NASA Ames Conference Center (NACC)March 3, 2015 - 8:00am - 5:00pmOn March 3, 2015 we will have a full day of talks and poster sessions in order to showcase the work done by the Space Science and Astrobiology Division and Space Science projects at Ames. Please make time to join us, learn something new, chat with new folks and maybe even start up a new collaboration. There are lots of ways you can participate: give a talk, present a poster, demo your equipment, nominate someone to give one of the lectures and -- of course -- attend.Important Dates:Abstract Submission Deadline: January 16, 2015Lecturer Nomination Deadline: January 16, 2015Registration Deadline: February 24, 2015Jamboree: March 3, 2015Abstract Submission -- Due January 16If you are interested in giving a talk, presenting a poster, or providing an equipment display, please email a PDF of your one page abstract to firstname.lastname@example.org. We will be devoting one page in the Jamboree abstract booklet to each submitted abstract — so feel free to use the entire page. In the PDF, please include:+ Title+ Authors+ Science Topic (choose one): Astrobiology, Astrophysics, Exoplanet, Planetary Atmosphere & Climate, or Planetary Surfaces and Interiors+ Abstract (one page or less; pictures and plots are great to include!)In your email please specify the following:+ Poster, Talk, or Display+ If Display, please specify space requirements (how much space, is electrical needed, …)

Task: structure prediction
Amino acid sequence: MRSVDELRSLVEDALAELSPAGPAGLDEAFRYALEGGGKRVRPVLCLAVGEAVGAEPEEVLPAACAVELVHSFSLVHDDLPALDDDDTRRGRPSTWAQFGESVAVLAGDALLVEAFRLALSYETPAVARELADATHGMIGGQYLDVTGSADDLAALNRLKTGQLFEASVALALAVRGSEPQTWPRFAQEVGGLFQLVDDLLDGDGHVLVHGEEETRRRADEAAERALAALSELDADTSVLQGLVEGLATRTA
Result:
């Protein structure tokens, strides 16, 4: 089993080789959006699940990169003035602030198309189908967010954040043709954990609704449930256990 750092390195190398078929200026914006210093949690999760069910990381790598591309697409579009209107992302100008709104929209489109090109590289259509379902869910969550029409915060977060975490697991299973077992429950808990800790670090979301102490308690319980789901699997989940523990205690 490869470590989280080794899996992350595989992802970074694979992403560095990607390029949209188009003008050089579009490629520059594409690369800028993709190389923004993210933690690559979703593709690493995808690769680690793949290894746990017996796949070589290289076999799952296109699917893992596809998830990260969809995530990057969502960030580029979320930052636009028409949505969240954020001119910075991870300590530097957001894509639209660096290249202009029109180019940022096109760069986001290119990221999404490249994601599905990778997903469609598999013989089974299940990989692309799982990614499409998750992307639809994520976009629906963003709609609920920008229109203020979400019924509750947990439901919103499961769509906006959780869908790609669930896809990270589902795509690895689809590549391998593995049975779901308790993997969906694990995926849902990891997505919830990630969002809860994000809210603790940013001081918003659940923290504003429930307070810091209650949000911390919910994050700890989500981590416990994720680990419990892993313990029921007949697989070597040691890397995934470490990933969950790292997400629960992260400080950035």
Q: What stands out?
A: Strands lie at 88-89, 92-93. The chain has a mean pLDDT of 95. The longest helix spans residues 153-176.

Lecturer Nominations -- Due January 16We will have two longer (one hour) lectures. The lecturers will be chosen among the nominations received in the following categories. (To be considered in either category, candidates should be Space Scientists resident at Ames)+ Outstanding Early Career Space Scientist -- A researcher who has done outstanding work who has not reached their 37th birthday OR have held a doctorate for no more than 6 years (whichever is later) at the end of 2015.+ Pollack lecture -- a Senior scientist who is being recognized for their lifetime achievement.Nominations should be no more than one page and should summarize the body of meritorious work. References to the key publications should be included. It is also helpful to mention previously received accolades.Nominations will be accepted from anyone in SS. Self nominations are acceptable. Any individual can only nominate one candidate in each category.Please email all nominations to email@example.com.